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The Hunger Games by Suzanne Collins This work has been published in the Teen Ink monthly print magazine.

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What gives a book series cult status? Is it a captivating universe? (Think Harry Potter.) Is it unforgettable characters? (Think Sherlock Holmes.) Is it the transfer from book to screen? (Think Lord of the Rings.) Answer: all three, plus that winning quality of brilliance.

America's recent cult book series is The Hunger Games trilogy by Suzanne Collins. These days, especially with the movie, it's rare to find a teen who isn't familiar with its basic premise.

For those who actually haven't read it yet, I'll give you a rundown of the first book (aptly titled The Hunger Games): In a post-apocalyptic dystopia with a Big Brother-esque government, fierce 16-year-old Katniss Everdeen is forced to participate in a savage, fight-to-the-death game with 23 other teens. It is like gladiators except the fighters are teens, there are mutated beasts roaming in the wild, and quite often brains do triumph over brawn.

But that barely touches on all the topics addressed in The Hunger Games. The gladiatorial Games are broadcast like a reality show, where spectators cheer for players' successes and gruesome deaths. It's “Survivor,” literally speaking.

The government that runs the Hunger Games is both ­deceptive and vindictive. The Games have been held for 70 years, so what happens when tradition – no matter how ­despicable – is challenged?

The novel's most chilling and intriguing factor is its relation to modern society. Like 1984 and Ender's Game, it ­depicts a futuristic society but reflects the present. It might be written simply, but its themes and descriptions of ugly situations are not kid-friendly. The level of insight and social warnings surprised me; it showed a depth I wasn't ­expecting.

This book is grim, but it warns of what might happen if today's problems are taken to the extreme: a controlling ­government, the growing ­morbidity of entertainment, survival in a cut-throat situation – the list goes on.

Another aspect which has catapulted this series to popularity is its fiery protagonist, Katniss Everdeen. Though we may become frustrated or disappointed by her choices, she is an admirable, strong character. At the start, she volunteers for certain death in order to save her sister. Katniss is undeniably smart; she knows how to act in front of the audience to gain viewer support. Though she can be ruthless, she's certainly not heartless, as shown following another tribute's death. She has qualities we ­respect: loyalty, determination, bravery, and strength. Plus, she's a female who can win her own battles.

I wasn't prepared to like The Hunger Games, but I found that it's one series that isn't overrated. Both captivating and intense, Collins's The Hunger Games will enthrall readers with its fast-paced action, not-so-subtle admonitions for the future, and an unsinkable, ­undaunted heroine.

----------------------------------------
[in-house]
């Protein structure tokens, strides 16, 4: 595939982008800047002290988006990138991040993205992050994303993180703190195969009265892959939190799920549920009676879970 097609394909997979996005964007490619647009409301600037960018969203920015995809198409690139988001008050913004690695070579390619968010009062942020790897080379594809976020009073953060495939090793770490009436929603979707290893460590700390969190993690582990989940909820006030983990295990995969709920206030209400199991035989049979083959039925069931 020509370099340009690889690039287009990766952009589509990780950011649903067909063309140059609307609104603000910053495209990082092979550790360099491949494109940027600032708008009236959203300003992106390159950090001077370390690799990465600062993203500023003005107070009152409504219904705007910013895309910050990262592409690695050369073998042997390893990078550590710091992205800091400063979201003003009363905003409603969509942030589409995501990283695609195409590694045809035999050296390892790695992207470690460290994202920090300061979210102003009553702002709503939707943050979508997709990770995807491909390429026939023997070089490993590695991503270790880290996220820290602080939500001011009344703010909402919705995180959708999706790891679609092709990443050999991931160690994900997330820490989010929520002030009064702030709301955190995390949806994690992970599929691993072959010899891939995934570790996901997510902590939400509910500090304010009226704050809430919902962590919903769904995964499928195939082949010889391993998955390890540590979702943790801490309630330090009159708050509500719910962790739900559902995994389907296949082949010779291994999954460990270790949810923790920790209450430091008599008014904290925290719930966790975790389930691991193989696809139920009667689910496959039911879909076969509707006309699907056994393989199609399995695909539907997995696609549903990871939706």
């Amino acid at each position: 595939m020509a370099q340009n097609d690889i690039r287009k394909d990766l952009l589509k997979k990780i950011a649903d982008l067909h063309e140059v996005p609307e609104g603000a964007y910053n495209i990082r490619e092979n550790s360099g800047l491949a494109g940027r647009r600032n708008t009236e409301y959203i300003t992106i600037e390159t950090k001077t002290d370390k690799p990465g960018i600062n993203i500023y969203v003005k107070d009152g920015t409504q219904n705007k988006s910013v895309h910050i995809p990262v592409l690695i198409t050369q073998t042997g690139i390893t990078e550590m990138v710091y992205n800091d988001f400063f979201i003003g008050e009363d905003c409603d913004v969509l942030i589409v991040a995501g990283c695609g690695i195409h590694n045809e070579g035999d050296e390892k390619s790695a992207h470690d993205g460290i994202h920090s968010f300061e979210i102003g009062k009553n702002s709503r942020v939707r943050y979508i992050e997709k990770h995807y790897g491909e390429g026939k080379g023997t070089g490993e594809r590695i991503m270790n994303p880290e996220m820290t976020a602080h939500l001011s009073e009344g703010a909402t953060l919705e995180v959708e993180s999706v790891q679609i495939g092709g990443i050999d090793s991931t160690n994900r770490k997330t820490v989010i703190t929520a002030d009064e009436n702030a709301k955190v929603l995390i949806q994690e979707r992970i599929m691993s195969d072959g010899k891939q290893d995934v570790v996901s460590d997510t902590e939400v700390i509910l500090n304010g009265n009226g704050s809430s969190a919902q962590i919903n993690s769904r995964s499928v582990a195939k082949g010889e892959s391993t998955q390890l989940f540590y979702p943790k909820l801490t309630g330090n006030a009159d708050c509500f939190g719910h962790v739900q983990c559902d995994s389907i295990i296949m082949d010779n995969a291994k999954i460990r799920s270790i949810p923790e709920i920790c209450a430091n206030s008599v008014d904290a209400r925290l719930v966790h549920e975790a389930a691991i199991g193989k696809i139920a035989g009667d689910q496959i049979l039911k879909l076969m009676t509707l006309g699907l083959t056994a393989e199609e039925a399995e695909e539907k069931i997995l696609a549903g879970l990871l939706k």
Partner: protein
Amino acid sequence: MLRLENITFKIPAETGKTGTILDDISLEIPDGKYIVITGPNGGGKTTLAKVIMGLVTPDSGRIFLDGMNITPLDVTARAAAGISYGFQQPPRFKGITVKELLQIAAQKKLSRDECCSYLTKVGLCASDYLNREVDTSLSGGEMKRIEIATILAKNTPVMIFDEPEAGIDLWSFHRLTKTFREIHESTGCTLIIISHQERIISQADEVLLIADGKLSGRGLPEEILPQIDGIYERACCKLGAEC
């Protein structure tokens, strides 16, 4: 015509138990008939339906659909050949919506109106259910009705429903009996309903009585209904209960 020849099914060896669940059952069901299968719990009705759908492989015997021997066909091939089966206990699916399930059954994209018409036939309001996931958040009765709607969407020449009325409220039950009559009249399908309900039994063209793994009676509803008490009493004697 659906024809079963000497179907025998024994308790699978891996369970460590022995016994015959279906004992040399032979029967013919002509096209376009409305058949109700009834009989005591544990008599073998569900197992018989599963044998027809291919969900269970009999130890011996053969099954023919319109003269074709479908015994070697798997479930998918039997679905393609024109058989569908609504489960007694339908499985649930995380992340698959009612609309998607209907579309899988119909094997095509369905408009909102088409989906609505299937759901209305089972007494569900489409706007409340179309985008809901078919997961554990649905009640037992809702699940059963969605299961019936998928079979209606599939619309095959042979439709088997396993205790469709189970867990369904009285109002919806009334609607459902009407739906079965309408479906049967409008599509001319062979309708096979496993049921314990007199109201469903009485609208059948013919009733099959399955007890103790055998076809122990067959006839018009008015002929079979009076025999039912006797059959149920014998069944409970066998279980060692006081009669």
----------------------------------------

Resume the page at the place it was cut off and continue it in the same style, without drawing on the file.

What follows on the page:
This work has been published in the Teen Ink monthly print magazine. This piece has been published in Teen Ink’s monthly print magazine.

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Alabian said...
Sept. 2, 2013 at 12:59 pm
Good writing! I agree with everything you said. I'm glad this was published in the magazine so that everyone can see it! :D
Akari_C said...
Jun. 14, 2013 at 10:13 pm
Great review! I thought it was very fitting and thoroughly descriptive. Your writing flows extremely well and the opening is captivating. Well done!
TaylorWintry This work has been published in the Teen Ink monthly print magazine. said...
Jun. 10, 2013 at 7:22 pm
I really liked this! I always disagree with moms who withhold their kids from watching/reading The Hunger Games. (If it's because of the violence, I understand, but I have a different reason.) I think that they should know what could happen to our society/country/government. And something as chilling as this basic "Survivor" should scare them into trying to change the world! I really am a big fan of the book as well, and your writing is so captivating. Nice job, serkously
Vagialena said...
Jun. 1, 2013 at 3:34 pm
Good job!! Your writing is great, but I just have a different opinion... I don't believe this book is a phenomenon... The writing is not so qualitative and I just think it is something temporary, far away from Lord of the Rings or Sherlock Holmes... With all due respect! :)
IMAdreamerThis teenager is a 'regular' and has contributed a lot of work, comments and/or forum posts, and has received many votes and high ratings over a long period of time. said...
Jul. 5, 2012 at 4:56 pm
nice review!!! i didn't understand like two  of the words though... wierd, i love knowing words that other people dont and then teaching them the words, its fun....
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